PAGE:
William S. Wier. author and publisher of the book "Ten Tribes of Wier", is a story and genealogy of the ten children of Thomas Wier II and his wife Mary (Withrow) Wier. They came to America in 1795 on the ship "Volunteer" with James and Nancy (Wier) Boyd (Nancy was Thomas Wier II sister).
Mr. W. S. Wier writes the following in his book:
About 1645 John Wier (for business and political reasons using name-form Jan Vyer), lived at Antwerp and had shipping relations with Findlayson and Ferguson, Dundee, Belfast and Liverpool. His home was a refuge for Covenant ministers and one of his ships the "Grey Falcon", was condemned to the Crown for smuggling "malcontents from the Kings Justice". He had a son named John Wier who was a physician. An Encyclopedia Britannica sketches a Dr. John Wier who was adventurous in experimentation and enriched his profession with discoveries. In some Latin notes he is recorded as Dr. Johan Wierus. This Doctor had a son named John who studied theology at Edinburgh, living the while in the home of Rab Ferguson. He wedded Janet, a daughter of this house, "and they settled in Ulster, on Derry Road, three leagues from Lough Neagh".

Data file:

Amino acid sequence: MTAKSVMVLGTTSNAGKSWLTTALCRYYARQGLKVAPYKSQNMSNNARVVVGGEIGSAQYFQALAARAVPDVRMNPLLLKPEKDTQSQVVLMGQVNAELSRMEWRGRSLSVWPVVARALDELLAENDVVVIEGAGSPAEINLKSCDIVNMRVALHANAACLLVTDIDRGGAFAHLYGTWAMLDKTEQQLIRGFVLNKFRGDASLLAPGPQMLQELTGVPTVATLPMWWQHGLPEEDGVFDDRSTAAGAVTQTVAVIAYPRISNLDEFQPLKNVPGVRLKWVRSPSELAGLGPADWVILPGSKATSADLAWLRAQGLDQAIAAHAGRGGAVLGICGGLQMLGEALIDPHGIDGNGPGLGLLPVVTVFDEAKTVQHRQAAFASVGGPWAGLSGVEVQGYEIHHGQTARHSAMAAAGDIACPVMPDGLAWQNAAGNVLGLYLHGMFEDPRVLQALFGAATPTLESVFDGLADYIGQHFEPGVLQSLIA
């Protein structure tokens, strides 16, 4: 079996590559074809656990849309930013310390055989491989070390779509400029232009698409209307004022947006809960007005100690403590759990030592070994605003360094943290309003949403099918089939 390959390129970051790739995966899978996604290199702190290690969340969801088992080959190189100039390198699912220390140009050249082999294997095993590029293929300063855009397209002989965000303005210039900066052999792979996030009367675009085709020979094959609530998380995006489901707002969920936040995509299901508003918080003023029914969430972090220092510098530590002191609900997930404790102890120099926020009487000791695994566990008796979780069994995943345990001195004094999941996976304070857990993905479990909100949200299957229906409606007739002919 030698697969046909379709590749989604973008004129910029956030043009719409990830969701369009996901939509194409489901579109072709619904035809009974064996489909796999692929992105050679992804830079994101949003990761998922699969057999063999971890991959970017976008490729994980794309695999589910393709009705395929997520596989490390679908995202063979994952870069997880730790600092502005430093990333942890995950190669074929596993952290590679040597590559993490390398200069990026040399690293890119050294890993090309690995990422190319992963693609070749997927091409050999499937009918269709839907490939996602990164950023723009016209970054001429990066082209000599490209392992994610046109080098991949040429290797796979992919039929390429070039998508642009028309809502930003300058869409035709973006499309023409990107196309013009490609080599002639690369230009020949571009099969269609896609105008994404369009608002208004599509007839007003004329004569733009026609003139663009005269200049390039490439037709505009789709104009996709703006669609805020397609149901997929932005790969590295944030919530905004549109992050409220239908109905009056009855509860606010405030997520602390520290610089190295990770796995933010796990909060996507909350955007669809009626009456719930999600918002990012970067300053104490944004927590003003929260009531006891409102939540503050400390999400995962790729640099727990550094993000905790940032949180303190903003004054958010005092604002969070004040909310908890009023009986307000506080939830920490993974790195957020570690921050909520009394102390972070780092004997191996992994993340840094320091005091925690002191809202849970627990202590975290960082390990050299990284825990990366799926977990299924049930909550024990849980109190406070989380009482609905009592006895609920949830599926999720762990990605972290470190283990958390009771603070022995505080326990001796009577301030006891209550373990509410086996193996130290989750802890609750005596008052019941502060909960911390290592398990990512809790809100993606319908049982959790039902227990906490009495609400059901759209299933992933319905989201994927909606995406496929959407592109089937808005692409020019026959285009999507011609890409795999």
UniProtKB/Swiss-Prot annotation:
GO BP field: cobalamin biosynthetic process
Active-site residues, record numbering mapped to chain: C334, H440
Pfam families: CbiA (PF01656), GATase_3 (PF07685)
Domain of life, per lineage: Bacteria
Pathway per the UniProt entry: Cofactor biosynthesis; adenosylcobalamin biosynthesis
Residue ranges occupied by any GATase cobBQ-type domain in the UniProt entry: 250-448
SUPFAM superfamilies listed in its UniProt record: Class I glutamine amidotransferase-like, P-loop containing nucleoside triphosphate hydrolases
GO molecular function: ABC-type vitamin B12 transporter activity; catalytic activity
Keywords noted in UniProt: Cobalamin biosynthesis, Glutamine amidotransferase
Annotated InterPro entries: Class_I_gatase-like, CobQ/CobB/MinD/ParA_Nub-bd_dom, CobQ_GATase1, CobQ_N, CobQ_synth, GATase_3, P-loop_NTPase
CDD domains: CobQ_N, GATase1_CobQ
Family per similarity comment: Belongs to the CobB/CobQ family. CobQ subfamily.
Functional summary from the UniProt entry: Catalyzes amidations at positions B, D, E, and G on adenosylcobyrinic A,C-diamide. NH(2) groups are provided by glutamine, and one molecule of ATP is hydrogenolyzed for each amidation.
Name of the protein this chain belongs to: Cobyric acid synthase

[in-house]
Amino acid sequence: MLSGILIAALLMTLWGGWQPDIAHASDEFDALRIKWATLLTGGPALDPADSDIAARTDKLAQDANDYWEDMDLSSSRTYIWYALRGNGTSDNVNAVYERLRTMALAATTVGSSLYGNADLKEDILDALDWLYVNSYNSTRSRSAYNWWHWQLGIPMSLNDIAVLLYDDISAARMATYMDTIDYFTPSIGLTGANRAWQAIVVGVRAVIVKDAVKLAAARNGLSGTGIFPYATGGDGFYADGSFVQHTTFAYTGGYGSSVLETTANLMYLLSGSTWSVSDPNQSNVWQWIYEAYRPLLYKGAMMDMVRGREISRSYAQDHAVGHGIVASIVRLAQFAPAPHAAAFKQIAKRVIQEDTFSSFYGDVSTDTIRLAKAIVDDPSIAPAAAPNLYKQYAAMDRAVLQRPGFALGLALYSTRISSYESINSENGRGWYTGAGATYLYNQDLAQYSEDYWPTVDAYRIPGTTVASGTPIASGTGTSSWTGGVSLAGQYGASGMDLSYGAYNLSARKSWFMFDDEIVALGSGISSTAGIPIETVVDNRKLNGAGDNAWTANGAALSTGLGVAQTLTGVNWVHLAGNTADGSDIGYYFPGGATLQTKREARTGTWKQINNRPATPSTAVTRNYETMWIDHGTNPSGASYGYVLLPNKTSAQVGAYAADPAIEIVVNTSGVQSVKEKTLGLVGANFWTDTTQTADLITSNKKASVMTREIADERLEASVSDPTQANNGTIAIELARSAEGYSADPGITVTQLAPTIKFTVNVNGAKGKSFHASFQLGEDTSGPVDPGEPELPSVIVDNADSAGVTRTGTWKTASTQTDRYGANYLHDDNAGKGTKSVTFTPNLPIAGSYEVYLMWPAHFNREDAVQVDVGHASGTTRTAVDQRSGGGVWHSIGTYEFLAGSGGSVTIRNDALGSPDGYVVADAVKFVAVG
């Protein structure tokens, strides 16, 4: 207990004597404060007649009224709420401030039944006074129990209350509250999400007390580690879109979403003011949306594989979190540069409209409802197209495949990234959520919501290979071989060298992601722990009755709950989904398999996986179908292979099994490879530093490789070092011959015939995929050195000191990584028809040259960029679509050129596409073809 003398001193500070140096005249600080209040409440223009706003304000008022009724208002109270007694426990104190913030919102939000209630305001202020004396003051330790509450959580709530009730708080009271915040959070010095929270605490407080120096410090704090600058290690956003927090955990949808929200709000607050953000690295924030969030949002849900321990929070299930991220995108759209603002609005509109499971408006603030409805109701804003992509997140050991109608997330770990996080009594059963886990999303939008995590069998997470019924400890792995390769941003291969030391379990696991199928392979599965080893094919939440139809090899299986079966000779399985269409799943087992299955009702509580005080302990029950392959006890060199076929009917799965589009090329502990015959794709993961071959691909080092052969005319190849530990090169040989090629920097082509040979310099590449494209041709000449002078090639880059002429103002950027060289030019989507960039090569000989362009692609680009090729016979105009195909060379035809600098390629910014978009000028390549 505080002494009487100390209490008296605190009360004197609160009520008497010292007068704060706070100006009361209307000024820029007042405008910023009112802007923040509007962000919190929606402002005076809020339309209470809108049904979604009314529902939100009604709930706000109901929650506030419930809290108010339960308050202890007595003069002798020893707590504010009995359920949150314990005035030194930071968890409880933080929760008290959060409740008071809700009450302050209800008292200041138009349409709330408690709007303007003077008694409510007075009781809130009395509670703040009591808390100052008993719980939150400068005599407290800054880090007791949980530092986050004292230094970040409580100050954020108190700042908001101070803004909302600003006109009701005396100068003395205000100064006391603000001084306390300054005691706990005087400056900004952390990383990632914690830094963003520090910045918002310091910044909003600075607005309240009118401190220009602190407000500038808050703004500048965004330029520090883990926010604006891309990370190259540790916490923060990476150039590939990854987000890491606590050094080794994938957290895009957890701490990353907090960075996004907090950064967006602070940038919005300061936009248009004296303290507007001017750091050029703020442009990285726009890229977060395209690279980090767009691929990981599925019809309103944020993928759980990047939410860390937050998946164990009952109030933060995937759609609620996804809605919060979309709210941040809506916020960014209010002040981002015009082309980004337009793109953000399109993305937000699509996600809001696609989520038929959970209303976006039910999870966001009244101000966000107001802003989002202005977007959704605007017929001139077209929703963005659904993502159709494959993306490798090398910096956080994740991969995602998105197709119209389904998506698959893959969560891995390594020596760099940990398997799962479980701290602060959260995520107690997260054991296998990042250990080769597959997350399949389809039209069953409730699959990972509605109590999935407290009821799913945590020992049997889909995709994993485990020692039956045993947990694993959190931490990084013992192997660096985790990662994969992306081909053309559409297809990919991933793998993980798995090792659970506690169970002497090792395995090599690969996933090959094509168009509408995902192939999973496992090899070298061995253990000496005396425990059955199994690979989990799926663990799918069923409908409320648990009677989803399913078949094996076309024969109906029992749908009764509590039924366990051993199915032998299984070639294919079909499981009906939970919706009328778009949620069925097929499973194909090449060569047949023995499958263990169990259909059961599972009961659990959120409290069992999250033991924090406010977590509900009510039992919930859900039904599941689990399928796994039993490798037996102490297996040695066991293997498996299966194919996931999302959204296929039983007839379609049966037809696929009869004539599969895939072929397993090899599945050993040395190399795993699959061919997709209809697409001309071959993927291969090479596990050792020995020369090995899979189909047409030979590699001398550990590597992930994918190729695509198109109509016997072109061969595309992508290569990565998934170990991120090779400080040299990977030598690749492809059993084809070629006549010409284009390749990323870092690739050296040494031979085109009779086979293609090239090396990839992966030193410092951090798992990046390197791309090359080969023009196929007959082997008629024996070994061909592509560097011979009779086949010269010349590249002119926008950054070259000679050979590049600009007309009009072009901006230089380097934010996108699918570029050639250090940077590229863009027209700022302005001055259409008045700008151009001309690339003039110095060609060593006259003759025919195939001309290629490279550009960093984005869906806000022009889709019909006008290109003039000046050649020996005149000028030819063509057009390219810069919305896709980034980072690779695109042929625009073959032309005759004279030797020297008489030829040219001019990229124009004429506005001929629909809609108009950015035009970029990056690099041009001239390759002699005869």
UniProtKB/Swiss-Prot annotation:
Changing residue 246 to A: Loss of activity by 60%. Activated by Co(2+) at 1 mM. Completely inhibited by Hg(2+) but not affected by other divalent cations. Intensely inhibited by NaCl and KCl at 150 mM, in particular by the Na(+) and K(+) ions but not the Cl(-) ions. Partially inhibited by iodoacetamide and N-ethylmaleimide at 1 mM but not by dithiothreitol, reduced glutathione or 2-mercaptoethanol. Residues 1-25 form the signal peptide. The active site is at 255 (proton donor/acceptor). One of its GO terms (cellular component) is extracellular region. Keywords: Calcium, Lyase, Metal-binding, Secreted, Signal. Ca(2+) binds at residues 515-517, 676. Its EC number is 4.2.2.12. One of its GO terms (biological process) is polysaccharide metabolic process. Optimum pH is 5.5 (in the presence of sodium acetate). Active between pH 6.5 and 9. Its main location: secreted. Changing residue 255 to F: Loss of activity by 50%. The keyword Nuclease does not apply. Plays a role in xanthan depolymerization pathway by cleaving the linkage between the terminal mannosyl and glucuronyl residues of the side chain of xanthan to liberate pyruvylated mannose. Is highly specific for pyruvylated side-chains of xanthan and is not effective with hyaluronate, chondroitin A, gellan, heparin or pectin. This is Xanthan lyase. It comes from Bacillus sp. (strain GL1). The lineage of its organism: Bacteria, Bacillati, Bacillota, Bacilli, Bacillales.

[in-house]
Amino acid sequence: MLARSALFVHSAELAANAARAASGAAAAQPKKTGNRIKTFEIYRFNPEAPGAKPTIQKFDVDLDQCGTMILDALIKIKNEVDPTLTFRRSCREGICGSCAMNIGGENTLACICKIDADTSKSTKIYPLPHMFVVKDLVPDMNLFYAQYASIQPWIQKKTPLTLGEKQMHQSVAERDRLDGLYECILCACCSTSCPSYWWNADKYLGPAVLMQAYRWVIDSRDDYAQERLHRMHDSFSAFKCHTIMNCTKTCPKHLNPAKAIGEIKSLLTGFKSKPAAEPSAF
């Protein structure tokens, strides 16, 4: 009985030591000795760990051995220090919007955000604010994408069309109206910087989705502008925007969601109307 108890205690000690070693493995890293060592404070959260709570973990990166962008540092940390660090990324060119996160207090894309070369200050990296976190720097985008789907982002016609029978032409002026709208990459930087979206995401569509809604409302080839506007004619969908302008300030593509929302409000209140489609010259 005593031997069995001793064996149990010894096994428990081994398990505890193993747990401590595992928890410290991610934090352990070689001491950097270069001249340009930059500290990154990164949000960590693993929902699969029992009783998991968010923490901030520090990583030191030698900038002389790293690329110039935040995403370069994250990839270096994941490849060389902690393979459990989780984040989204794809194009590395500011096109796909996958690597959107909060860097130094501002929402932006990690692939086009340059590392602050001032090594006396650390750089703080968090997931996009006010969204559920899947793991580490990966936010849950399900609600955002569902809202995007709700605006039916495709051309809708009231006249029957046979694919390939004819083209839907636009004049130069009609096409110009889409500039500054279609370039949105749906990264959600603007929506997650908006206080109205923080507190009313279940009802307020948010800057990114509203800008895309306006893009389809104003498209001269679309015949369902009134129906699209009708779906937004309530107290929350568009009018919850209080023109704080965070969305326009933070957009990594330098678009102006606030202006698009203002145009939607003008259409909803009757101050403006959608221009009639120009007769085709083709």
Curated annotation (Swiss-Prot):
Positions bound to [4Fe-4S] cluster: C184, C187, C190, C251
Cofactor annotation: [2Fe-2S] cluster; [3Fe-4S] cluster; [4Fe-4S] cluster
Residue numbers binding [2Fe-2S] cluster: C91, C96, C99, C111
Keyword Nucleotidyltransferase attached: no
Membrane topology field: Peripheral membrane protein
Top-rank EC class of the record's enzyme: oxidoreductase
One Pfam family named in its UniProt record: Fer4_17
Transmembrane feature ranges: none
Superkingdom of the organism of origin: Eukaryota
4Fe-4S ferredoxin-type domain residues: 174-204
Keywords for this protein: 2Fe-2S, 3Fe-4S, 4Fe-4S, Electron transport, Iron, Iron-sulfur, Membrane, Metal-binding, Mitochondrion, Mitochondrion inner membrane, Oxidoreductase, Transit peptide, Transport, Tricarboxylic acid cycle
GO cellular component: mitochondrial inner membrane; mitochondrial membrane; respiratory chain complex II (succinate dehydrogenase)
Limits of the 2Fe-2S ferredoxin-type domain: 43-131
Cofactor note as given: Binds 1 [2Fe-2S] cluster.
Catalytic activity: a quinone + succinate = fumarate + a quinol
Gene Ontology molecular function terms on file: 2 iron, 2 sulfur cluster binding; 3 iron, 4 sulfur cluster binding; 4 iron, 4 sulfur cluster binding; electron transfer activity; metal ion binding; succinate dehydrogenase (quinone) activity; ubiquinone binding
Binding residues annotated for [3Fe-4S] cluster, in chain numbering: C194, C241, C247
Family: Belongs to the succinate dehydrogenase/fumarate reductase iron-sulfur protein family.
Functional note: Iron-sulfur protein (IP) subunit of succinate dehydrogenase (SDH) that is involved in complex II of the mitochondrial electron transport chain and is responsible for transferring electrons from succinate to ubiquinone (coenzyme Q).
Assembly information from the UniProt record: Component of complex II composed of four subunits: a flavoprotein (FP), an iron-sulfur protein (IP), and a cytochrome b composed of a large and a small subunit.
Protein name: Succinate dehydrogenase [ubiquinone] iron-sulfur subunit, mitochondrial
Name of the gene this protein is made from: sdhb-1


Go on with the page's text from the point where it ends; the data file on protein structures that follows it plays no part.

About ten years before this youngster studied for the ministry, there was an elder Reverend John Wier, Covenant minister at Dalserf. This minister was imprisoned by Alistaire MacDonnel in Mingarie Castle, where he and other ministers of the Covenant died. His name is spelled variously in histories: Patrick Walker wrote it Wier; Reid wrote it Weir, and Andrew Lang writes it both ways. The Reverend John, with his own hand, using something like a hot knitting needle, burned it on the olive-wood cover of his pocket Bible.